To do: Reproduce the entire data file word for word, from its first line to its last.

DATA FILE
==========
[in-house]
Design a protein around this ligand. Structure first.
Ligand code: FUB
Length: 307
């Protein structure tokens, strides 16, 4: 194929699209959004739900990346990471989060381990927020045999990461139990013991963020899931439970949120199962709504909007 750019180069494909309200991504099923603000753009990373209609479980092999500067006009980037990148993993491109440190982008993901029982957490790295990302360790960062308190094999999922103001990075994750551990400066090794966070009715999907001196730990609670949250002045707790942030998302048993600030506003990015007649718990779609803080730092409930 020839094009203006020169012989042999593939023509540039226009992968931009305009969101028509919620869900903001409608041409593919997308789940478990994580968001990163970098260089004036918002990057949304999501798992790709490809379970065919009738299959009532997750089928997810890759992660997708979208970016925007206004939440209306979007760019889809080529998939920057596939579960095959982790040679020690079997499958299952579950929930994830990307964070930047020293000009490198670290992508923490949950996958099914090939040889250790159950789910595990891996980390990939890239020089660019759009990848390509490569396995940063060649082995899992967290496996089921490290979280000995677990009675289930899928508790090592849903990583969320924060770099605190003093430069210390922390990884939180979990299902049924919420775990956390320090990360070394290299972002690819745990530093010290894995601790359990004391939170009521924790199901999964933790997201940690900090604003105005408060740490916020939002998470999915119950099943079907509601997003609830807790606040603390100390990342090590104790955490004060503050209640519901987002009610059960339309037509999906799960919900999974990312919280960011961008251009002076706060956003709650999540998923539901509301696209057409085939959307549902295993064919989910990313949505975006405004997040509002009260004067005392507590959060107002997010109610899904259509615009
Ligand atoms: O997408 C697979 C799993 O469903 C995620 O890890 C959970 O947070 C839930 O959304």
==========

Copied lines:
[in-house]
Design a protein around this ligand. Structure first.
Ligand code: FUB
Length: 307
């Protein structure tokens, strides 16, 4: 194929699209959004739900990346990471989060381990927020045999990461139990013991963020899931439970949120199962709504909007 750019180069494909309200991504099923603000753009990373209609479980092999500067006009980037990148993993491109440190982008993901029982957490790295990302360790960062308190094999999922103001990075994750551990400066090794966070009715999907001196730990609670949250002045707790942030998302048993600030506003990015007649718990779609803080730092409930 020839094009203006020169012989042999593939023509540039226009992968931009305009969101028509919620869900903001409608041409593919997308789940478990994580968001990163970098260089004036918002990057949304999501798992790709490809379970065919009738299959009532997750089928997810890759992660997708979208970016925007206004939440209306979007760019889809080529998939920057596939579960095959982790040679020690079997499958299952579950929930994830990307964070930047020293000009490198670290992508923490949950996958099914090939040889250790159950789910595990891996980390990939890239020089660019759009990848390509490569396995940063060649082995899992967290496996089921490290979280000995677990009675289930899928508790090592849903990583969320924060770099605190003093430069210390922390990884939180979990299902049924919420775990956390320090990360070394290299972002690819745990530093010290894995601790359990004391939170009521924790199901999964933790997201940690900090604003105005408060740490916020939002998470999915119950099943079907509601997003609830807790606040603390100390990342090590104790955490004060503050209640519901987002009610059960339309037509999906799960919900999974990312919280960011961008251009002076706060956003709650999540998923539901509301696209057409085939959307549902295993064919989910990313949505975006405004997040509002009260004067005392507590959060107002997010109610899904259509615009
Ligand atoms: O997408 C697979 C799993 O469903 C995620 O890890 C959970 O947070 C839930 O959304």